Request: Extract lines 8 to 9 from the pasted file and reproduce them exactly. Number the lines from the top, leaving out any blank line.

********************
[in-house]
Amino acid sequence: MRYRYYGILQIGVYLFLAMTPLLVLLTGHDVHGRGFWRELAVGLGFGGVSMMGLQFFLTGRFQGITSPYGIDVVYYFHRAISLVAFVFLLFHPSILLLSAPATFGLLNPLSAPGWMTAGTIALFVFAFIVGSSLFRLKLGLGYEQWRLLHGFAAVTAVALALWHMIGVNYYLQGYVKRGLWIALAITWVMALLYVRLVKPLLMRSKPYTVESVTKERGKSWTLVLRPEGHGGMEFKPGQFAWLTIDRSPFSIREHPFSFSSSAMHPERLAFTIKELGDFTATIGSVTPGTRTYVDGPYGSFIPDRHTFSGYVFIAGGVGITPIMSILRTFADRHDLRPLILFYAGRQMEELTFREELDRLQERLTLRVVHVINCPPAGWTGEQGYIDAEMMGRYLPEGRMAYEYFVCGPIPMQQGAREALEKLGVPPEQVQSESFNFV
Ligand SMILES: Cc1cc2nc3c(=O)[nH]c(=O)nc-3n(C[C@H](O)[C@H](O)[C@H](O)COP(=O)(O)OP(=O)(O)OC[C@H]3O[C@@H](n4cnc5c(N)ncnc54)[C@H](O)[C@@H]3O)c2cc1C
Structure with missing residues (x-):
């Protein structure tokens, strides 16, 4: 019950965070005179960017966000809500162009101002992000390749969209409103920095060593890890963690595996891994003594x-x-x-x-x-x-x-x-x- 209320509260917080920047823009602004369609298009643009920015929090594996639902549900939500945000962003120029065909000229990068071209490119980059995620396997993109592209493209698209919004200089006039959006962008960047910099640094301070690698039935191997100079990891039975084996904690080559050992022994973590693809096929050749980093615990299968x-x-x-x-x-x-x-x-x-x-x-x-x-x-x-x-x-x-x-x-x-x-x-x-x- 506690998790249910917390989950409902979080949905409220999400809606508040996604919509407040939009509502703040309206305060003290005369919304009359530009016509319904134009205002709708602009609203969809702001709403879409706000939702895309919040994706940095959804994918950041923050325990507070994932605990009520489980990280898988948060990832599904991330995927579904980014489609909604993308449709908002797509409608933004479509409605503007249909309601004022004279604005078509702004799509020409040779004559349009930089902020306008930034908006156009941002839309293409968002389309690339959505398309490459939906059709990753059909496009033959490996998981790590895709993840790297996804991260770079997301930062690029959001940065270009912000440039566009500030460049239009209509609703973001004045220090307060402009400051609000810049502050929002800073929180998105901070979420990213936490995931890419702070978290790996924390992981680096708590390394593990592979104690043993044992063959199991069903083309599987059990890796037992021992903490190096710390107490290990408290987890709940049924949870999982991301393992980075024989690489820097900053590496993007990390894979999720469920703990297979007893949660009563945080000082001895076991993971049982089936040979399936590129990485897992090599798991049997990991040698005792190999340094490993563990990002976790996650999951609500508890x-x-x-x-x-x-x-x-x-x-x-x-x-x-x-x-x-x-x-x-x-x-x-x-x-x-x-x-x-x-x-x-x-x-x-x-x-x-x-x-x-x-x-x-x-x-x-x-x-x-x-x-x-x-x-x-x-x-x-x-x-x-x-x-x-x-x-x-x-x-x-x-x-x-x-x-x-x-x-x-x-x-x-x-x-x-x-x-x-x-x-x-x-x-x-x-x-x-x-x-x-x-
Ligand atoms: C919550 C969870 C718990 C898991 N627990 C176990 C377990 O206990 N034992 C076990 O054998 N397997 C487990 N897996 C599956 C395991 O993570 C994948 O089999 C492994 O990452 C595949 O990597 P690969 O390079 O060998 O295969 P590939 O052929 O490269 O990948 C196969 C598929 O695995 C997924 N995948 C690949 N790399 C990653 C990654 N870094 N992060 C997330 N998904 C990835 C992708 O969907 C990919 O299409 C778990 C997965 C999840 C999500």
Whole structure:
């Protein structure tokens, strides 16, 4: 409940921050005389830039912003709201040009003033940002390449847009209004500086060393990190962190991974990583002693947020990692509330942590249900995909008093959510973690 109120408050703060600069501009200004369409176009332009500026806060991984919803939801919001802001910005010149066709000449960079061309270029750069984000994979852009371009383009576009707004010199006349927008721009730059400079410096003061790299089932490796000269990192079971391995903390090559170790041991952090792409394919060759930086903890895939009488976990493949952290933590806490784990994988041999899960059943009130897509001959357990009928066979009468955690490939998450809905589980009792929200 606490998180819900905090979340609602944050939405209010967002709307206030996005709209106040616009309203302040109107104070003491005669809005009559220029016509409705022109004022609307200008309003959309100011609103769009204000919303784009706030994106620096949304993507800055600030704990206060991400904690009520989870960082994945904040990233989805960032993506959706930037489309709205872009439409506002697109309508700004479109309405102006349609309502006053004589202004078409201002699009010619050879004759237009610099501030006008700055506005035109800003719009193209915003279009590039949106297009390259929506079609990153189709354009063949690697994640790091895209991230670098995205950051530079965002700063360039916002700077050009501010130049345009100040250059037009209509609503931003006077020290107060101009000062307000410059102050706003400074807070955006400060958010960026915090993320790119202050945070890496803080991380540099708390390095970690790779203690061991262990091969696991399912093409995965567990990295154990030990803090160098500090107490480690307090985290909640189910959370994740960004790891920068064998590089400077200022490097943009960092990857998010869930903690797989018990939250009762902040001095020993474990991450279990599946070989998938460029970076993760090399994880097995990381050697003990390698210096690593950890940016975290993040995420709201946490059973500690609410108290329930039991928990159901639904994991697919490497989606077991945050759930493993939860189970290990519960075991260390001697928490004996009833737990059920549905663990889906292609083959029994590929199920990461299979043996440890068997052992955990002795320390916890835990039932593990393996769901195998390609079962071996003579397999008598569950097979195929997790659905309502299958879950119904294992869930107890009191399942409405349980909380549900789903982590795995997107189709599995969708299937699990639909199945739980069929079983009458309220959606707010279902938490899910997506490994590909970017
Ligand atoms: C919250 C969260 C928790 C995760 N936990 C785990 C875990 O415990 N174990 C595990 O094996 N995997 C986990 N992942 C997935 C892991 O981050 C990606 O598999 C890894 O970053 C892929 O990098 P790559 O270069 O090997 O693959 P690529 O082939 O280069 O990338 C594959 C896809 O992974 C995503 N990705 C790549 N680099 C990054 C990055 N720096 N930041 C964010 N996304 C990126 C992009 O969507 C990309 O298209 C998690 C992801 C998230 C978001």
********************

């Protein structure tokens, strides 16, 4: 409940921050005389830039912003709201040009003033940002390449847009209004500086060393990190962190991974990583002693947020990692509330942590249900995909008093959510973690 109120408050703060600069501009200004369409176009332009500026806060991984919803939801919001802001910005010149066709000449960079061309270029750069984000994979852009371009383009576009707004010199006349927008721009730059400079410096003061790299089932490796000269990192079971391995903390090559170790041991952090792409394919060759930086903890895939009488976990493949952290933590806490784990994988041999899960059943009130897509001959357990009928066979009468955690490939998450809905589980009792929200 606490998180819900905090979340609602944050939405209010967002709307206030996005709209106040616009309203302040109107104070003491005669809005009559220029016509409705022109004022609307200008309003959309100011609103769009204000919303784009706030994106620096949304993507800055600030704990206060991400904690009520989870960082994945904040990233989805960032993506959706930037489309709205872009439409506002697109309508700004479109309405102006349609309502006053004589202004078409201002699009010619050879004759237009610099501030006008700055506005035109800003719009193209915003279009590039949106297009390259929506079609990153189709354009063949690697994640790091895209991230670098995205950051530079965002700063360039916002700077050009501010130049345009100040250059037009209509609503931003006077020290107060101009000062307000410059102050706003400074807070955006400060958010960026915090993320790119202050945070890496803080991380540099708390390095970690790779203690061991262990091969696991399912093409995965567990990295154990030990803090160098500090107490480690307090985290909640189910959370994740960004790891920068064998590089400077200022490097943009960092990857998010869930903690797989018990939250009762902040001095020993474990991450279990599946070989998938460029970076993760090399994880097995990381050697003990390698210096690593950890940016975290993040995420709201946490059973500690609410108290329930039991928990159901639904994991697919490497989606077991945050759930493993939860189970290990519960075991260390001697928490004996009833737990059920549905663990889906292609083959029994590929199920990461299979043996440890068997052992955990002795320390916890835990039932593990393996769901195998390609079962071996003579397999008598569950097979195929997790659905309502299958879950119904294992869930107890009191399942409405349980909380549900789903982590795995997107189709599995969708299937699990639909199945739980069929079983009458309220959606707010279902938490899910997506490994590909970017
Ligand atoms: C919250 C969260 C928790 C995760 N936990 C785990 C875990 O415990 N174990 C595990 O094996 N995997 C986990 N992942 C997935 C892991 O981050 C990606 O598999 C890894 O970053 C892929 O990098 P790559 O270069 O090997 O693959 P690529 O082939 O280069 O990338 C594959 C896809 O992974 C995503 N990705 C790549 N680099 C990054 C990055 N720096 N930041 C964010 N996304 C990126 C992009 O969507 C990309 O298209 C998690 C992801 C998230 C978001």